American Occupational Therapy Association will promote HR 3762 with briefing on March 19
BETHESDA, Md., March 13, 2012 /PRNewswire-USNewswire/ -- The American Occupational Therapy Association (AOTA) will sponsor a House & Senate Congressional staff briefing in support of the Occupational Therapy Mental Health Act (HR 3762) on Monday, March 19th at 11:00 A.M. in 121 Cannon House Office Building. The event will examine the important clinical role that the nation's occupational therapists play in helping consumers manage serious mental illness like schizophrenia, bipolar disorder, major clinical depression, and PTSD, and achieve optimal functional performance in their everyday lives.
The legislation would add occupational therapists to the current list of "behavioral and mental health professionals" in the National Health Services Corps (NHSC), making occupational therapists eligible to participate in the NHSC Scholarship and Loan Repayment Programs.
"We plan to educate and highlight the important role of occupational therapy in the provision of high quality mental health care," said Ralph Kohl, Legislative Representative for AOTA. "There is a need for mental health clients to have access to the full spectrum of services which includes occupational therapy."
The briefing will include:
- Virginia "Ginny" Stoffel, Ph.D., OT, BCMH, FAOTA, American Occupational Therapy Association vice president and associate professor in the Department of Occupational Science & Technology at the University of Wisconsin–Milwaukee;
- Jeffrey S. Janofsky, M.D., associate professor, director of the psychiatry and law program, Johns Hopkins University School of Medicine, Baltimore, MD;
- Shira Zapinsky, MS in occupational therapy candidate, Towson University Class of 2012, Towson, MD;
- Brooke Muller, MOT, OTR/L, Baptist Memorial Hospital, Memphis, TN.
U.S. Rep. Paul Tonko (D-NY) along with co-sponsors U.S. Reps. Jan Schakowsky (D-IL), Jerry McNerney (D-CA), Louise Slaughter (D-NY), and Corrine Brown (D-FL), introduced the measure in December.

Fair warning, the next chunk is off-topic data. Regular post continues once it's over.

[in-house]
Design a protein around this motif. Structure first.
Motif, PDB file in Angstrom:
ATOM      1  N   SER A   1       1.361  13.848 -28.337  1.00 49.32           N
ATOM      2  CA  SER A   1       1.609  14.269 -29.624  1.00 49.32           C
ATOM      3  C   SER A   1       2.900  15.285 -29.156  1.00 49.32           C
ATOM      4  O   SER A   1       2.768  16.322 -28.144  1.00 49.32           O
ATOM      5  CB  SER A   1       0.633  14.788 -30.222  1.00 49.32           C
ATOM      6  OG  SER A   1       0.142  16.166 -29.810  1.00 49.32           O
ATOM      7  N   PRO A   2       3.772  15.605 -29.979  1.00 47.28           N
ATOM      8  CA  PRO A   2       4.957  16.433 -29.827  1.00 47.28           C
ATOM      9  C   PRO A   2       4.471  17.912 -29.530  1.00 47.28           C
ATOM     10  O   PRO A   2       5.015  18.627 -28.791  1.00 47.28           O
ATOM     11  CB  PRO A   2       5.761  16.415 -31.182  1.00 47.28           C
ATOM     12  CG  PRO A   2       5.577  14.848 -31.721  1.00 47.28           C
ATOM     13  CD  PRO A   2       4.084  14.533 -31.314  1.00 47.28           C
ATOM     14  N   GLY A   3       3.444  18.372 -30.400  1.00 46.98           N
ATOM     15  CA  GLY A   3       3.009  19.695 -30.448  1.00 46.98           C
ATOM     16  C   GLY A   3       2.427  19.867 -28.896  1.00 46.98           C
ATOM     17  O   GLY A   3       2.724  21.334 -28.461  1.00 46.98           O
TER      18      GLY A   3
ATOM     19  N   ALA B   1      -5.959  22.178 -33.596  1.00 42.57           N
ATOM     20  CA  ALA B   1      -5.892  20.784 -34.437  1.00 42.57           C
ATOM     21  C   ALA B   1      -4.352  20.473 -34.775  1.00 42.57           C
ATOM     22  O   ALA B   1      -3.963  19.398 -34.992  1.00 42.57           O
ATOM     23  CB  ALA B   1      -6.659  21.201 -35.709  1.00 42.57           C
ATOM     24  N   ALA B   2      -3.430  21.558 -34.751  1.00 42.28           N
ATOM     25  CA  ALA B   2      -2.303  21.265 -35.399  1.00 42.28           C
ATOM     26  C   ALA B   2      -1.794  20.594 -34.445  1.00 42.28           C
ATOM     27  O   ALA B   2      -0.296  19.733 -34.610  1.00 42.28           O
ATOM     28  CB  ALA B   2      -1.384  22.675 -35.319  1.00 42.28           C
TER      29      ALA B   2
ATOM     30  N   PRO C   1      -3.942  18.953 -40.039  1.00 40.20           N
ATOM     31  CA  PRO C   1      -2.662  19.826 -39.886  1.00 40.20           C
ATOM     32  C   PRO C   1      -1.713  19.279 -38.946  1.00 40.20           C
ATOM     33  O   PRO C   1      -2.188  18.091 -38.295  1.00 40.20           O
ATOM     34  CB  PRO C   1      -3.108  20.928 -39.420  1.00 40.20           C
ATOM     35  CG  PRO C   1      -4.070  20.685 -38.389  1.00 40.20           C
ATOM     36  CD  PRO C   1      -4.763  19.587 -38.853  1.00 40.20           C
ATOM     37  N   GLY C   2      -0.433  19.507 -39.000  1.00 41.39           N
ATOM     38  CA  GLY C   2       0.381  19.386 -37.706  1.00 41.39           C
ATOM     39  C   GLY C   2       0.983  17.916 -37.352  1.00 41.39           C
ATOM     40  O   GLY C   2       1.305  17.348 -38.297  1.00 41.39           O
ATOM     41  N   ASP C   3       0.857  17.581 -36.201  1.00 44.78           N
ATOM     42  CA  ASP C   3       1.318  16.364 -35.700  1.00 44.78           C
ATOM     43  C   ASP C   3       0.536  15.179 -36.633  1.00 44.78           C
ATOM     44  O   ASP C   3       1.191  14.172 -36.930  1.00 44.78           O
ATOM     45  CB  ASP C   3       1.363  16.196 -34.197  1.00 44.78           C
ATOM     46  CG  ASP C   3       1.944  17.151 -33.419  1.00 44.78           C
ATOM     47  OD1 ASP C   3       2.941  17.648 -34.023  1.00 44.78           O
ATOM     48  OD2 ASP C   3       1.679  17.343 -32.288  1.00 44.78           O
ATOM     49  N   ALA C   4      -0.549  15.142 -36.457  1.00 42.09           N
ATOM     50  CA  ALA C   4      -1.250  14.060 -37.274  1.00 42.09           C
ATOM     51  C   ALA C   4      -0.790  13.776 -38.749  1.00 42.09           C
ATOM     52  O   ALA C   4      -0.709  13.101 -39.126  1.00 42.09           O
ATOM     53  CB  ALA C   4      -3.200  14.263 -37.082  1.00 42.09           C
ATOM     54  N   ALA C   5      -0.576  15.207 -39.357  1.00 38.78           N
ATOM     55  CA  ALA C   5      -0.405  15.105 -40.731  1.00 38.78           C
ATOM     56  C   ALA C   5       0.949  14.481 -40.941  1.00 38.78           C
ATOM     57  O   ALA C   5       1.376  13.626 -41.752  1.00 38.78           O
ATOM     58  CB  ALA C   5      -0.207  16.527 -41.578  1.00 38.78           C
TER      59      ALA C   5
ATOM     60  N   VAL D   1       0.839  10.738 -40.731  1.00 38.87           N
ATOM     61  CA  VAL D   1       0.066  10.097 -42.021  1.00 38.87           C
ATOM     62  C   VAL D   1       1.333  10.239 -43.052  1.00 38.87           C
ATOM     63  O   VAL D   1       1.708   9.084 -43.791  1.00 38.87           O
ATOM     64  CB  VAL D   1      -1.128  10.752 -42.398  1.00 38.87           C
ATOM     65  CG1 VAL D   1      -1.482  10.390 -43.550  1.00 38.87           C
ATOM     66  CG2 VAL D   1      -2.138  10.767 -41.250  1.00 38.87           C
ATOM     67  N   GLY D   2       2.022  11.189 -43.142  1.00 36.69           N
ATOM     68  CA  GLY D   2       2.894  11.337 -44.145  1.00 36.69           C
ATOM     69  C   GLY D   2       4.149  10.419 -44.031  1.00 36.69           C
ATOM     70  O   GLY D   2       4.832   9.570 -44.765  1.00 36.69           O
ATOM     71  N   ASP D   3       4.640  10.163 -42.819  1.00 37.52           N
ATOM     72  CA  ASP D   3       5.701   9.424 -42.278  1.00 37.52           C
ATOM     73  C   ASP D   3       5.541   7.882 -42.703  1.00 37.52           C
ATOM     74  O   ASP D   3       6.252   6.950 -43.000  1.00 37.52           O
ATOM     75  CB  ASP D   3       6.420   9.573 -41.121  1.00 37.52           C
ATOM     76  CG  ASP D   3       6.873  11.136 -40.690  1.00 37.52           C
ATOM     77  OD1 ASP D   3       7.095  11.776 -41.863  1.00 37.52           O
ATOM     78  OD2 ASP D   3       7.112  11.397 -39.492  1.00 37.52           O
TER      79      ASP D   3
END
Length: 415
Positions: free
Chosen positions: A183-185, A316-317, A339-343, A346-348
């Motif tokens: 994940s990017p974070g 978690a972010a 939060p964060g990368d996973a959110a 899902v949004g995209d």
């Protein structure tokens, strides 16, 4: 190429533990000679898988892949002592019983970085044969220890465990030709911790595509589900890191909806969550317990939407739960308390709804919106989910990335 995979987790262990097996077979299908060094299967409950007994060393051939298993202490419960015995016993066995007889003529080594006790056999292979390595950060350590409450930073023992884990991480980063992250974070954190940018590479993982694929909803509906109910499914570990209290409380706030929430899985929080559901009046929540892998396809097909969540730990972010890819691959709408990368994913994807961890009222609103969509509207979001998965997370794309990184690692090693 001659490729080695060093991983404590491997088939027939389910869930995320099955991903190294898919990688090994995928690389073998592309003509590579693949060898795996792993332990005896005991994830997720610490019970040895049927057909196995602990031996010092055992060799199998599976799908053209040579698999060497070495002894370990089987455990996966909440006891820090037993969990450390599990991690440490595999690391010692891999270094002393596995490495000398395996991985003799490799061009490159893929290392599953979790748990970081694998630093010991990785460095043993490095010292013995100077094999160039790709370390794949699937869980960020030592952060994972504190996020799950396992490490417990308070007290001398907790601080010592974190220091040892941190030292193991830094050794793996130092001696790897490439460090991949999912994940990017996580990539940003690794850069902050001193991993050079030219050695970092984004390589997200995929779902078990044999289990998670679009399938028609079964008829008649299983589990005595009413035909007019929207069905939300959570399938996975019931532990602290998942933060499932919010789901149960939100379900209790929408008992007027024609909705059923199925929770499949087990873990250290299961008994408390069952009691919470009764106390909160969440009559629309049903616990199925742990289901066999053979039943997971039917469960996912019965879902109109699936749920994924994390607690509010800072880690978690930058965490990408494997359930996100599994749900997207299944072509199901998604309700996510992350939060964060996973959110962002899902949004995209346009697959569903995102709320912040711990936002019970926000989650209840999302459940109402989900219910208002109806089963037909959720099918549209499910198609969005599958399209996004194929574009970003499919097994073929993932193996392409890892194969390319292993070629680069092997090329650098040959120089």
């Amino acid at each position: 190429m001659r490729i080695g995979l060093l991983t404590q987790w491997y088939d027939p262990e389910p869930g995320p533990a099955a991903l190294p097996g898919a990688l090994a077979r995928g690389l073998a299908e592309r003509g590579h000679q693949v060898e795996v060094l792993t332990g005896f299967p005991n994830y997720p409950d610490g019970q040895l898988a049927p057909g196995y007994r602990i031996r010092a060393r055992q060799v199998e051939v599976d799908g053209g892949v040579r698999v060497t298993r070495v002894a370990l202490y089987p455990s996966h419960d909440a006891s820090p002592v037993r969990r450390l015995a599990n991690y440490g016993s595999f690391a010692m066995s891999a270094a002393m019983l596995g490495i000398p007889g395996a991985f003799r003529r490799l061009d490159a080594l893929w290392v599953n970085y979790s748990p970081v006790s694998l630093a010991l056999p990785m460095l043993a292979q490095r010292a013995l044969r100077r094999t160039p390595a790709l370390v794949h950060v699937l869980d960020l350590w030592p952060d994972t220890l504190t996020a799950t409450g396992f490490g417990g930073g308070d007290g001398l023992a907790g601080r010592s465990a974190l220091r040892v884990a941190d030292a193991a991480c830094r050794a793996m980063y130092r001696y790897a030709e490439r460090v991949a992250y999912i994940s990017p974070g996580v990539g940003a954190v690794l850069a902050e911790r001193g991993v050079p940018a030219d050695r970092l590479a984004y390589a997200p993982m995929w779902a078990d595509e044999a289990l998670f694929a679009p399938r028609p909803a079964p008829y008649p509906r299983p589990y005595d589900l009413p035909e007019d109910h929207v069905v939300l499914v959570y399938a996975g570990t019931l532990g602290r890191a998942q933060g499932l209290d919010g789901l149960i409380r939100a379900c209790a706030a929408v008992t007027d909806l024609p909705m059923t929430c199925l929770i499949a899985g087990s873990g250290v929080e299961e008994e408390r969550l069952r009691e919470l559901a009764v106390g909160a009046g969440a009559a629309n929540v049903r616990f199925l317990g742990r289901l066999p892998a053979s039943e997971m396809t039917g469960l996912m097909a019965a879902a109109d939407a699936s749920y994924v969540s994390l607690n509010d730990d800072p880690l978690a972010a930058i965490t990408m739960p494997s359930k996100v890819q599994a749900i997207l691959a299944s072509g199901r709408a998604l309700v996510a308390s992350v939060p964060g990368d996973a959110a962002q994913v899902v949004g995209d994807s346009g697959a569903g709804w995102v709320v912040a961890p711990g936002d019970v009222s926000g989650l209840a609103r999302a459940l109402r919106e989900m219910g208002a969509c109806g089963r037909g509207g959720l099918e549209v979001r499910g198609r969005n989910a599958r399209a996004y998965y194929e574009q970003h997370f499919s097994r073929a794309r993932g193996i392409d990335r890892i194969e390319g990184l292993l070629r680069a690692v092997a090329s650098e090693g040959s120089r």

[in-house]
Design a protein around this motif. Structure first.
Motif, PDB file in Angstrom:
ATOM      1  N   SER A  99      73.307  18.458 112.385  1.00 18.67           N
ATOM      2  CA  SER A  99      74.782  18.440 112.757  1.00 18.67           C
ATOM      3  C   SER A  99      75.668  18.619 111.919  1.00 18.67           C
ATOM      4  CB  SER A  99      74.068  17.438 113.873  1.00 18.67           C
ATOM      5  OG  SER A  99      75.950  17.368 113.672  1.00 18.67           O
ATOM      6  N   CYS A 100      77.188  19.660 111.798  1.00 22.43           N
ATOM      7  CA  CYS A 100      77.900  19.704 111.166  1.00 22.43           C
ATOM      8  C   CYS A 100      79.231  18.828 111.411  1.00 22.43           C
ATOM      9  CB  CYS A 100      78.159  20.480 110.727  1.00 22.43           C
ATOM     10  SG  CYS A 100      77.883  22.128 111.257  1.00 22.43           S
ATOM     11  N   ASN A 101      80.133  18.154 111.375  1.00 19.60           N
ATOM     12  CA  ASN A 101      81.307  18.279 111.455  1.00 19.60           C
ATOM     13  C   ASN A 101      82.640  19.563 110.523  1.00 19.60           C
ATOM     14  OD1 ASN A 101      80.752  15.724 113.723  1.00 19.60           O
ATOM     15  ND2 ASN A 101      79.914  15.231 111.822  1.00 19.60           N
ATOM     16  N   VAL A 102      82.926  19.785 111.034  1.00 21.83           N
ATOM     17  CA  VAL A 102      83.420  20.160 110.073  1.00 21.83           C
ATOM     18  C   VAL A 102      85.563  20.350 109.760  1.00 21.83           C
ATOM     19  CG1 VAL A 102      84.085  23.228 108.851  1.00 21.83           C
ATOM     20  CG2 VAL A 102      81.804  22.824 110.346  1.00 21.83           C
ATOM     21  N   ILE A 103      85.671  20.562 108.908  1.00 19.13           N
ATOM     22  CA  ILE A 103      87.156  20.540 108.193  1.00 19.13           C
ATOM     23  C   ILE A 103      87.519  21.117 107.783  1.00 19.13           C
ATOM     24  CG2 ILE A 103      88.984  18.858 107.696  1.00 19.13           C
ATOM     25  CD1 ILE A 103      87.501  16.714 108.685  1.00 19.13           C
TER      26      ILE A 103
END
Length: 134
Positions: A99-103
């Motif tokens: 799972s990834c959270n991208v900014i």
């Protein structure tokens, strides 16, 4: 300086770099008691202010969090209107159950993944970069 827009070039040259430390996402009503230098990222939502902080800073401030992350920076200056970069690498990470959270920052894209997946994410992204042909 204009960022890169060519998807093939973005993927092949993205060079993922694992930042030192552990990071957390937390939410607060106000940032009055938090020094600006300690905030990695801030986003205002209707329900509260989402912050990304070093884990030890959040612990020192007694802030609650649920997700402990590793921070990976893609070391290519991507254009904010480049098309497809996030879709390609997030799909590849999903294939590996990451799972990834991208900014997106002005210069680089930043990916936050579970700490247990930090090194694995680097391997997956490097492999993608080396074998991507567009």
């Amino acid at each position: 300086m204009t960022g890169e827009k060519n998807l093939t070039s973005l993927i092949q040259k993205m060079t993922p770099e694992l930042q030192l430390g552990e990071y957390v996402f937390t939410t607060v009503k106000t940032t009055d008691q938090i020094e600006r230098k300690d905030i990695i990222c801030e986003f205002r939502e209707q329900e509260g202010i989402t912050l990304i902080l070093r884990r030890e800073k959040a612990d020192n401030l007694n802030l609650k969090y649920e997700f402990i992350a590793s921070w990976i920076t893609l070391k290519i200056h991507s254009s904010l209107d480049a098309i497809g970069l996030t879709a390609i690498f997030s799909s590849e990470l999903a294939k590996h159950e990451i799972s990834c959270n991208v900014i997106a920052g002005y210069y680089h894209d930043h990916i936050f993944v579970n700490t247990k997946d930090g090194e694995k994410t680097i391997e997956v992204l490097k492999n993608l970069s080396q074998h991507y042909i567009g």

"This bill will open doors to occupational therapy practitioners who want to contribute to the everyday health of people living with psychiatric disabilities who want to participate fully in communities, schools, and workplaces, 'Living Life to its Fullest,'" Stoffel said. "Often the workplaces where mental health practitioners are employed have salaries lower than those in hospital-based or physical rehabilitation settings. This act, with its loan forgiveness programs, will make it affordable for occupational therapists to commit themselves to this dynamic practice area. Celebrating the contributions that occupational therapy can make in the mental health arena—given that this is our profession's roots—is possible with the passage of this act."
To track HR 3762 or to learn more, visit www.govtrack.us.
Founded in 1917, the American Occupational Therapy Association (AOTA) represents the professional interests and concerns of more than 140,000 occupational therapists, assistants, and students nationwide. The Association educates the public and advances the profession of occupational therapy by providing resources, setting standards including accreditations, and serving as an advocate to improve health care. Based in Bethesda, Md., AOTA's major programs and activities are directed toward promoting the professional development of its members and assuring consumer access to quality services so patients can maximize their individual potential. For more information, go to www.aota.org.
SOURCE American Occupational Therapy Association